The Zero Waste Solution: Untrashing the Planet One Community at a Time by Paul Connett (Chelsea Green 2013) is about 100% waste recovery and reuse, the new gold standard in recycling. Connett’s new book summarizes the state of play of the zero waste movement in local communities around the world. His detailed descriptions of existing programs and technologies provide powerful ammunition for local activists trying to pressure city and town governments to be more environmentally responsible.
According to Connett, we have had the technological capability to recycle 80-90% of our waste stream since the mid eighties. What has held us back has been an artificial corporate-centered view that maximizes profit for waste management companies, the contractors who build and operate incinerators and soft drink bottling companies.
Waste management companies and incinerator contractors have powerful lobbies, as will as cozy relationships with many community councils. Connett also documents the little known role of the Business Environmental Action Coalition (BEACC) in lobbying major cities to provide curbside recycling for glass and aluminum cans. Following the first Earth Day in 1970, BEACC, whose members included Coca-Cola, the Aluminum Association and 7 Up, feared the introduction of producer-focused waste reduction laws (e.g. mandatory deposit/return programs). They viewed limited curbside recycling as a way to head this off.
History of the Zero Waste Movement
The zero waste movement first got its start in Berkeley, California in the 1980s and in Canberra, Australia in the 1990s. At present, California and Italy are at the forefront in terms of community participation. By 1996, 300 California communities had achieved 50% trash diversion (from landfills and incinerators). San Francisco reached 80% diversion in October 2012 and expects to reach 100% by 2020. More than 200 Italian communities have achieved 70% diversion, with some small towns reaching more than 80%.
Not only is zero waste recovery better for the environment and human health,1 but it’s far more economical than traditional waste management. Recycling and reusing resources always saves money. Loss of revenue, stemming from the 2008 economic downturn, has forced many corporations to focus on more efficient resource use. Japanese companies are the clear leader here, with nearly 2800 producing zero landfill waste. A surprising number of Fortune 500 companies (including Anheuser Bush, Apple, Hewlett Packard, Pillsbury Xerox, Ricoh electronics) have also committed to zero waste.
The Twelve Master Categories of Discards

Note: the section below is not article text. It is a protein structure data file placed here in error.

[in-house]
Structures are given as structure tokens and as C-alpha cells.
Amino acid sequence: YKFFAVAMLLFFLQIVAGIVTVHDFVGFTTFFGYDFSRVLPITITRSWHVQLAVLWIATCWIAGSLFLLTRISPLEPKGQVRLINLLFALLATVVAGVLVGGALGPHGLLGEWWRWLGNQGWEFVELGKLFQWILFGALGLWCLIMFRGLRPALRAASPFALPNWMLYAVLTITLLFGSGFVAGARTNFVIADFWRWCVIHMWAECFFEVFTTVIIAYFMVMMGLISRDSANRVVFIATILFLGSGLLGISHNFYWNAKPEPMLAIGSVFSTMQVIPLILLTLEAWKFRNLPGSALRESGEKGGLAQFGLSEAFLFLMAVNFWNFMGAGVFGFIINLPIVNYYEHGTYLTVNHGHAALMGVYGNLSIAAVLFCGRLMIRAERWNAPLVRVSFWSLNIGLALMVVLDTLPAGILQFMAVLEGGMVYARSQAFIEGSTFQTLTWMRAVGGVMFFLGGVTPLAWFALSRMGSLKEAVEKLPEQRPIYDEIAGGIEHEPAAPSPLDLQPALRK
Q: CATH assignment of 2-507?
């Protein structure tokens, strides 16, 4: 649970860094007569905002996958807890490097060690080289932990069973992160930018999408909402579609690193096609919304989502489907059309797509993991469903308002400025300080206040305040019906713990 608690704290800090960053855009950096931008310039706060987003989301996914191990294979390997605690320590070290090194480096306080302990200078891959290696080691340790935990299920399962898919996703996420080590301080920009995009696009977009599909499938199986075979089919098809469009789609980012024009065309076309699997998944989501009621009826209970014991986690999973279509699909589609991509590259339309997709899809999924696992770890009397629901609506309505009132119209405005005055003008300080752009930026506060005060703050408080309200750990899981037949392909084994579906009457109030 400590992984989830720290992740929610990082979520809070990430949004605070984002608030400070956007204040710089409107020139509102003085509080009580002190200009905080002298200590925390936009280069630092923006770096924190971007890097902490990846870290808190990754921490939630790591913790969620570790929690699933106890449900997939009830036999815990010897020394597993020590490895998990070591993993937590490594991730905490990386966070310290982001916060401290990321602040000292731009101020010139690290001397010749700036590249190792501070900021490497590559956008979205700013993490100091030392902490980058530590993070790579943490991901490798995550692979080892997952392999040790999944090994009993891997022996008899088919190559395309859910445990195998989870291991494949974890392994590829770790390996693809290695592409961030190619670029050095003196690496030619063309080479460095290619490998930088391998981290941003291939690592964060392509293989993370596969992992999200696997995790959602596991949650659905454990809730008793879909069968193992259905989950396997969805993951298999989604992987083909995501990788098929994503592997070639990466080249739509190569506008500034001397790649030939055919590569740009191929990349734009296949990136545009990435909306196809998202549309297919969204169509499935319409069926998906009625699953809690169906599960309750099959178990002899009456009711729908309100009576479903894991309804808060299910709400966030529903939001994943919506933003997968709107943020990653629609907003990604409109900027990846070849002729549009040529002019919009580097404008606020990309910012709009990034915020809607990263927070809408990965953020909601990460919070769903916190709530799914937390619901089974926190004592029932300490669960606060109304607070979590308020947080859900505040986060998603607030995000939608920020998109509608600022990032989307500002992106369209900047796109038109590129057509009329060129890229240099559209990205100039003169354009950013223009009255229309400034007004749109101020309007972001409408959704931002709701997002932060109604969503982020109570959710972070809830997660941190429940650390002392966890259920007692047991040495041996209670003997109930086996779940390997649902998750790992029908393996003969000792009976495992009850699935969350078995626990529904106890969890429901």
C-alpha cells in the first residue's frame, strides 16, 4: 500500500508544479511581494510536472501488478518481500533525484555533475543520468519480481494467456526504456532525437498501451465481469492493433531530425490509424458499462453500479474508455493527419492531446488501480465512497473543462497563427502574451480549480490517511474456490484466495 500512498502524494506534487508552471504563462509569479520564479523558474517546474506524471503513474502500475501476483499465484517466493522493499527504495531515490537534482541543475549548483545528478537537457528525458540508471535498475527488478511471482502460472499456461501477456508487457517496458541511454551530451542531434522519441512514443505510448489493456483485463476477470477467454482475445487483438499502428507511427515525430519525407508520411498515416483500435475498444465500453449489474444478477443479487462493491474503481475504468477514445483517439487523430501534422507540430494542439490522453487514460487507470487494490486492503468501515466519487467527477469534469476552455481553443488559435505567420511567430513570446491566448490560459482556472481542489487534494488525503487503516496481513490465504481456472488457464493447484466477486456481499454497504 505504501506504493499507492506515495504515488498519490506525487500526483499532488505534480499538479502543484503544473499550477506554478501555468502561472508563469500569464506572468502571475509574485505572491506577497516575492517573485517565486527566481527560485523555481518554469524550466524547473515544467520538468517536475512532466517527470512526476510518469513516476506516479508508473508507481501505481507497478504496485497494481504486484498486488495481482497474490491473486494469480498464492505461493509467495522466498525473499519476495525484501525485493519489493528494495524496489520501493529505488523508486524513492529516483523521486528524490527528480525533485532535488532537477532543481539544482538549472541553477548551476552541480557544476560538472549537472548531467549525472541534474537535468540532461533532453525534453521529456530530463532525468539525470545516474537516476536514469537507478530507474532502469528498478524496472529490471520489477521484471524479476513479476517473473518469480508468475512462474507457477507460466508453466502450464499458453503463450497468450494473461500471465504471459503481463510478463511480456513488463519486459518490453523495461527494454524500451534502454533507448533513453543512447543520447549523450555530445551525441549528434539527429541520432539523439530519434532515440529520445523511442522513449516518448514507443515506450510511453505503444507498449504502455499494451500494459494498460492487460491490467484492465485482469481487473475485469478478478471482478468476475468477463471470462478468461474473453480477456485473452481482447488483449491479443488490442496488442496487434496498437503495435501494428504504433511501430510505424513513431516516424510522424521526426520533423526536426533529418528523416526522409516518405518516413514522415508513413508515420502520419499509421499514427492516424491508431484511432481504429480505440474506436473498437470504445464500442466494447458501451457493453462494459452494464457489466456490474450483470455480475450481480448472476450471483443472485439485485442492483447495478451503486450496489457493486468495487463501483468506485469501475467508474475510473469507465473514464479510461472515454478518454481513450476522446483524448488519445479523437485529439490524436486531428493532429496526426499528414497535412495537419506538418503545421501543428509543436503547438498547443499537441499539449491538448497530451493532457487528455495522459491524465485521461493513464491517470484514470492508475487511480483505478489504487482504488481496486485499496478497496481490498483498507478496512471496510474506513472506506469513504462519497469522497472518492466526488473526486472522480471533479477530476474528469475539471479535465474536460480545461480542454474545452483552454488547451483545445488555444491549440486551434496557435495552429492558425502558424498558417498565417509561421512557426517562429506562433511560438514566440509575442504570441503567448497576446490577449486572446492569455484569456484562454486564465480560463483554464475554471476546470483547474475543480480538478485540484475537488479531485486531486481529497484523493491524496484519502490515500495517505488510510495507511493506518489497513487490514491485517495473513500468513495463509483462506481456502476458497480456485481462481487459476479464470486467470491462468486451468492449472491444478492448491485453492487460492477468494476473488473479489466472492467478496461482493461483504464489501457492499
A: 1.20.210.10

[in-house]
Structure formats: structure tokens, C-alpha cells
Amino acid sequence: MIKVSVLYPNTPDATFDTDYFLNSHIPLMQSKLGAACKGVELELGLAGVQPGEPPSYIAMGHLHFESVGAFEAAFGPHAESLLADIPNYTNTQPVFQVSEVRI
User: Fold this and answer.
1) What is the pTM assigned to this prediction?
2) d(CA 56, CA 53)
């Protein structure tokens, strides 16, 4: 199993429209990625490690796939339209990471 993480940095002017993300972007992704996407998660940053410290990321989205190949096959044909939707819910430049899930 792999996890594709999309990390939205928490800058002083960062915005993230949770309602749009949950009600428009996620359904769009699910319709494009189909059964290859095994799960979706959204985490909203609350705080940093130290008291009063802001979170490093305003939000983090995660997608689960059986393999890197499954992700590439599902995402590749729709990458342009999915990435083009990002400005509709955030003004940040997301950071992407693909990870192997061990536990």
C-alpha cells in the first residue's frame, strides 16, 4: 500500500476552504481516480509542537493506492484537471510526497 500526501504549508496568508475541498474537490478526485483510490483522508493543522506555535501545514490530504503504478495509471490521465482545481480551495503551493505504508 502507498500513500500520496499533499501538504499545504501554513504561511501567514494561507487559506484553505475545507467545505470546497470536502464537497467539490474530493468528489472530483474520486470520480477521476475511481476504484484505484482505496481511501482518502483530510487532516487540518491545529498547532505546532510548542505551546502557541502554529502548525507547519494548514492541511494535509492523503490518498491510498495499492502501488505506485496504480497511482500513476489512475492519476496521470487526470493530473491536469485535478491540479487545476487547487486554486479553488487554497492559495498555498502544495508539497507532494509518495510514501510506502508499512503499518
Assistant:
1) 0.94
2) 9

Zero waste experts divide the waste stream into 12 reusable fractions:
- Reusable goods – repairable appliances, demolition debris and reusable clothing, furniture and household items.
- Plastic polymers (including plastic bags)
- Textiles (including non-reusable clothing)
- Chemicals, including reusable solvents, paints, oil and lubricants.
- Wood from non-reusable lumber and furniture (can be made into wood chips)
- Plant debris
- Putresibles – kitchen waste, manure
- Soils – from barren or developed land
- Ceramics, rock, porcelain, concrete and non-reusable brick
At present, more than 90% of the waste stream can easily be recovered for resale. The non-recoverable fraction consists mainly of hazardous materials such as batteries, electronic equipment, mercury-laden fluorescent bulbs and disposable diapers. Many zero waste advocates want to implement extended producer responsibility (EPR) to deal with hazardous waste. Under EPR, the manufacturer is expected to come up with a non-toxic alternative or to accept the product back for safe disposal.
Of the 12 recoverable fractions, kitchen waste, which comprises 33-40% of the waste stream, is the easiest to resell (as compost). Connett contrasts communities in Italy that merely encourage backyard composting, with Seattle and other cities that offer curbside collection of kitchen waste. The latter has proven far more cost effective, largely because backyard composting isn’t an option for the hotels, restaurants and supermarkets, which generate most of it.
Zero Waste Creates Jobs
In view of the immense cost savings, I was surprised to learn that job creation is another important benefit of a zero waste approach. Rising land, energy and transportation costs make landfills and incinerators so expensive that zero waste programs are always cheaper, despite employing more people.
- Recycling reduces the burden of climate change by eliminating methane production (one of the most damaging greenhouse gasses) from decaying landfills and carbon emissions given off by waste incineration. Both landfills and incinerators pose major health hazards. Landfills leak toxic substances into the water table. Incinerators produce dioxin, which is linked to cancer, birth defects, and immune and neurodevelopmental problems. [↩]